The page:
People with low self-esteem are constantly comparing their situation to others. On the other hand, people with higher self-esteem show empathy and compassion while also protecting their own sanity. They know how much they can handle and when they can offer a helping hand.

In the age of social media, however, social comparisons are nearly ubiquitous. One study found that “participants who used Facebook most often had poorer trait self-esteem, and this was mediated by greater exposure to upward social comparisons on social media”[1]. Basically, you will feel worse about yourself if you are constantly getting glimpses into lives that you consider to be better than yours.

Try to limit your time on social media. Also, when you do start scrolling, keep in mind that each profile is carefully crafted to create the appearance of a perfect life. Check yourself when you find yourself wishing for greener grass.

2. Be Mean-Spirited

People with low self-esteem bully others. They take pleasure in putting other people down. People with positive self-esteem see no need to down other people, choosing instead to encourage and celebrate successes.

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If you find that you feel the need to put others down, analyze where that’s coming from. If they’ve had success in life, help them feel good about that achievement. They may do the same for you one day.

3. Let Imperfection Ruin Your Day

Perfectionism isn’t necessarily a bad thing, but obsessing over making everything perfect is a sign that you have low self-esteem and can lead to never-ending negative thoughts. This can turn into an inability to solve problems creatively, which will only make self-esteem issues worse.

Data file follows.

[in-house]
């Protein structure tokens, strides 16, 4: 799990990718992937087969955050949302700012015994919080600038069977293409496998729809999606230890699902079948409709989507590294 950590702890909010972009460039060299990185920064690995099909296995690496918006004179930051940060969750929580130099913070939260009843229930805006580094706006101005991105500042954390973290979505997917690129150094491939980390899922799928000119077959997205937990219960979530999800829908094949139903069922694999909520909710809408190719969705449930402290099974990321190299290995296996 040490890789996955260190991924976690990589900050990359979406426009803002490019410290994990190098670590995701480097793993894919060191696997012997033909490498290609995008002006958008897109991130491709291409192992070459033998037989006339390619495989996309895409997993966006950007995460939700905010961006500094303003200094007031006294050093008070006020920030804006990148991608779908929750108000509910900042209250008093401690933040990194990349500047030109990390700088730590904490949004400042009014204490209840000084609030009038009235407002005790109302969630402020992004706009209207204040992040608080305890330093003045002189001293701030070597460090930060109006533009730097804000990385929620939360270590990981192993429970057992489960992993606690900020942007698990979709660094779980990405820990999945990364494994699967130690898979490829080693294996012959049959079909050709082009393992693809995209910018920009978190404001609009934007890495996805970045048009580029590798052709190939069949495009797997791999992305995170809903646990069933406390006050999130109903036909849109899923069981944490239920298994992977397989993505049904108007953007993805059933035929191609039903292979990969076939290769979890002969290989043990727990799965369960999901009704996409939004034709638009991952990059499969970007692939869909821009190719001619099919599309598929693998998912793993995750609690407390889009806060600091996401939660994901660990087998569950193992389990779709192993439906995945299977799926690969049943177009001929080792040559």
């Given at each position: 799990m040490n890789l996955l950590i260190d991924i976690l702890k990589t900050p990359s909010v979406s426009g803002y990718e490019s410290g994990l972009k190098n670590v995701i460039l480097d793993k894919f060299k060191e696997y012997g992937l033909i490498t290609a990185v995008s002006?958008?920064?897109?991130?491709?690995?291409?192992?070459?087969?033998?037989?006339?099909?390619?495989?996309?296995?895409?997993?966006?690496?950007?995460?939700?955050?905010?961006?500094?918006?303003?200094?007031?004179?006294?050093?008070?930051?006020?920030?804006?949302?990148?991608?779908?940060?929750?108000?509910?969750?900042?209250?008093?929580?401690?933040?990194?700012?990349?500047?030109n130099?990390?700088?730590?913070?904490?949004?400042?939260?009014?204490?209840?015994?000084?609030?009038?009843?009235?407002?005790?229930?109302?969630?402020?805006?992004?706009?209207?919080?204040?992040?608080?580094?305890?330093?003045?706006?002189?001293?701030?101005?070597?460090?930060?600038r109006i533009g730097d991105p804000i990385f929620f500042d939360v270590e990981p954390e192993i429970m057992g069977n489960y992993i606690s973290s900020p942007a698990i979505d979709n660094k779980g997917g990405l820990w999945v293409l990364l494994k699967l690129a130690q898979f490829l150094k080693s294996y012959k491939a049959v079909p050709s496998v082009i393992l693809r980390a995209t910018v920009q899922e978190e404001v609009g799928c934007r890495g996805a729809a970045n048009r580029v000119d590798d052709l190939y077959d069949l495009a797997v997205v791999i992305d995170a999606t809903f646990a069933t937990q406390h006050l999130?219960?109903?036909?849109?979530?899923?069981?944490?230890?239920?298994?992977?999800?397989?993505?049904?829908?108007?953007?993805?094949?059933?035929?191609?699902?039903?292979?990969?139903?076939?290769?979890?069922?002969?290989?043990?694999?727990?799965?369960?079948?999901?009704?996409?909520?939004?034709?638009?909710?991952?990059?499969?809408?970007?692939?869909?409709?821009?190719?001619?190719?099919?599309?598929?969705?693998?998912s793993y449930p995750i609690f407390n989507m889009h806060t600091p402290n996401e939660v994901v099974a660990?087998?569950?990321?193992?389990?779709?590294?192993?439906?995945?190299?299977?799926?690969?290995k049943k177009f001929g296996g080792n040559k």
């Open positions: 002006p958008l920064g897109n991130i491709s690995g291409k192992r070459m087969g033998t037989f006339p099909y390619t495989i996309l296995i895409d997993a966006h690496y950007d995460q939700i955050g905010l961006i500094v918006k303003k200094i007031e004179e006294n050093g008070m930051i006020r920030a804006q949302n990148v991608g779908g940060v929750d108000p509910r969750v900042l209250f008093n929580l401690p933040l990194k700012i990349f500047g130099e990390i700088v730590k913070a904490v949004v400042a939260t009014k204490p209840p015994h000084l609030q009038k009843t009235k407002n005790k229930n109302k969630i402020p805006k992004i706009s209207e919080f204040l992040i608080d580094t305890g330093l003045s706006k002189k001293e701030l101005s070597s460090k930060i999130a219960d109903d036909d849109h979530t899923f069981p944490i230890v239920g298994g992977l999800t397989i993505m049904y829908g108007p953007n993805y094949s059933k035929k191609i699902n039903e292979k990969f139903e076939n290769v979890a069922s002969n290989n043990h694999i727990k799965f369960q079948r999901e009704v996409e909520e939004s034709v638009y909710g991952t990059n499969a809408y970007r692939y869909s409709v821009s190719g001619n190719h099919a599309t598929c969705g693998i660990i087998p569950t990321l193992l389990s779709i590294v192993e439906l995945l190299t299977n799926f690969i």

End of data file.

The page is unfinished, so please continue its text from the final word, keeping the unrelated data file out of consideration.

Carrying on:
Those with high self-esteem disconnect from the results and do their best without expecting perfection.

People with that kind of confidence understand that messing up is a part of life and that each time they aim and miss success, they’ll at least learn something along the way.

If you miss the mark, or if your plan doesn’t work out exactly as you would have liked, take a deep breath and see if you can pivot in order to do better next time.

4. Dwell on Failure

It’s common to hear people dwelling on all the ways things will go wrong. They are positive that their every failure signals an impossible task or an innate inability to do something. People with healthy self-esteem discover why they failed and try again.